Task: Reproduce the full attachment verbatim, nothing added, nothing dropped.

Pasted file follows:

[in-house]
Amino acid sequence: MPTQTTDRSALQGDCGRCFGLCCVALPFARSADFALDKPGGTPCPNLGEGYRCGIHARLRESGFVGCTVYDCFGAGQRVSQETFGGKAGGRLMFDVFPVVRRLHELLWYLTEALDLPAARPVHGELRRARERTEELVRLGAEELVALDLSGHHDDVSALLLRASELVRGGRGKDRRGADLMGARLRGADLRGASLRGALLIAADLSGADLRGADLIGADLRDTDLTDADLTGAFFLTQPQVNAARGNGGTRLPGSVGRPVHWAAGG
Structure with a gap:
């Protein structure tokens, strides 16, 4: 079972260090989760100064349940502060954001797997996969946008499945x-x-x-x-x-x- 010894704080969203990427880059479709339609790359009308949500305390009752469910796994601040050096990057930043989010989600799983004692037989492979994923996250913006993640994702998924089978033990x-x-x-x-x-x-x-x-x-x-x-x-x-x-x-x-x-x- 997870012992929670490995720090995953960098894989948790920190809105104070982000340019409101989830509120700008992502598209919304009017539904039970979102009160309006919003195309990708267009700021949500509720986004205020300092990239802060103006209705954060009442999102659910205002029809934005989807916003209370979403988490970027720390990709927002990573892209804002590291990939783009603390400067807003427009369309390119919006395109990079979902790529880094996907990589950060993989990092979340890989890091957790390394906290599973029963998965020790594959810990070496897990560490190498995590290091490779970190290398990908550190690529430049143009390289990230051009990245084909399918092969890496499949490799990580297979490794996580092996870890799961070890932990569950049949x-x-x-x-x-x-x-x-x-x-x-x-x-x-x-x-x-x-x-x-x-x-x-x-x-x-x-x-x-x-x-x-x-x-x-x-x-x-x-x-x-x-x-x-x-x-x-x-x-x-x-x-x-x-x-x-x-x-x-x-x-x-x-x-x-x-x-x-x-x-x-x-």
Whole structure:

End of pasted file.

[in-house]
Amino acid sequence: MPTQTTDRSALQGDCGRCFGLCCVALPFARSADFALDKPGGTPCPNLGEGYRCGIHARLRESGFVGCTVYDCFGAGQRVSQETFGGKAGGRLMFDVFPVVRRLHELLWYLTEALDLPAARPVHGELRRARERTEELVRLGAEELVALDLSGHHDDVSALLLRASELVRGGRGKDRRGADLMGARLRGADLRGASLRGALLIAADLSGADLRGADLIGADLRDTDLTDADLTGAFFLTQPQVNAARGNGGTRLPGSVGRPVHWAAGG
Structure with a gap:
């Protein structure tokens, strides 16, 4: 079972260090989760100064349940502060954001797997996969946008499945x-x-x-x-x-x- 010894704080969203990427880059479709339609790359009308949500305390009752469910796994601040050096990057930043989010989600799983004692037989492979994923996250913006993640994702998924089978033990x-x-x-x-x-x-x-x-x-x-x-x-x-x-x-x-x-x- 997870012992929670490995720090995953960098894989948790920190809105104070982000340019409101989830509120700008992502598209919304009017539904039970979102009160309006919003195309990708267009700021949500509720986004205020300092990239802060103006209705954060009442999102659910205002029809934005989807916003209370979403988490970027720390990709927002990573892209804002590291990939783009603390400067807003427009369309390119919006395109990079979902790529880094996907990589950060993989990092979340890989890091957790390394906290599973029963998965020790594959810990070496897990560490190498995590290091490779970190290398990908550190690529430049143009390289990230051009990245084909399918092969890496499949490799990580297979490794996580092996870890799961070890932990569950049949x-x-x-x-x-x-x-x-x-x-x-x-x-x-x-x-x-x-x-x-x-x-x-x-x-x-x-x-x-x-x-x-x-x-x-x-x-x-x-x-x-x-x-x-x-x-x-x-x-x-x-x-x-x-x-x-x-x-x-x-x-x-x-x-x-x-x-x-x-x-x-x-």
Whole structure: